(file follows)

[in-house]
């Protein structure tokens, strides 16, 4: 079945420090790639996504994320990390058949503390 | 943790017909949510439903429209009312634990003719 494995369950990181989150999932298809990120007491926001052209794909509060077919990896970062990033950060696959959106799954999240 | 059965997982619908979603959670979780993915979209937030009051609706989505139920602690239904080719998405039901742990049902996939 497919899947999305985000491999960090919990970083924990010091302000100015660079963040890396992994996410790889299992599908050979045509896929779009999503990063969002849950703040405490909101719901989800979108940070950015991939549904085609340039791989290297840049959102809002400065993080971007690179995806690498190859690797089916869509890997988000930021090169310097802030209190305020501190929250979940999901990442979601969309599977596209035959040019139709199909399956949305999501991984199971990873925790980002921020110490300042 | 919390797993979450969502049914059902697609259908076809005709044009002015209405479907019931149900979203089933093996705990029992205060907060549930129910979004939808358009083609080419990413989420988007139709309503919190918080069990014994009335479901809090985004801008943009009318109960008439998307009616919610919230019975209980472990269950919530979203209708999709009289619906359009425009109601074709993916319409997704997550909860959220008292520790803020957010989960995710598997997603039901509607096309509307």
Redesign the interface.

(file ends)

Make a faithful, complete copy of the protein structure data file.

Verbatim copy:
[in-house]
């Protein structure tokens, strides 16, 4: 079945420090790639996504994320990390058949503390 | 943790017909949510439903429209009312634990003719 494995369950990181989150999932298809990120007491926001052209794909509060077919990896970062990033950060696959959106799954999240 | 059965997982619908979603959670979780993915979209937030009051609706989505139920602690239904080719998405039901742990049902996939 497919899947999305985000491999960090919990970083924990010091302000100015660079963040890396992994996410790889299992599908050979045509896929779009999503990063969002849950703040405490909101719901989800979108940070950015991939549904085609340039791989290297840049959102809002400065993080971007690179995806690498190859690797089916869509890997988000930021090169310097802030209190305020501190929250979940999901990442979601969309599977596209035959040019139709199909399956949305999501991984199971990873925790980002921020110490300042 | 919390797993979450969502049914059902697609259908076809005709044009002015209405479907019931149900979203089933093996705990029992205060907060549930129910979004939808358009083609080419990413989420988007139709309503919190918080069990014994009335479901809090985004801008943009009318109960008439998307009616919610919230019975209980472990269950919530979203209708999709009289619906359009425009109601074709993916319409997704997550909860959220008292520790803020957010989960995710598997997603039901509607096309509307």
Redesign the interface.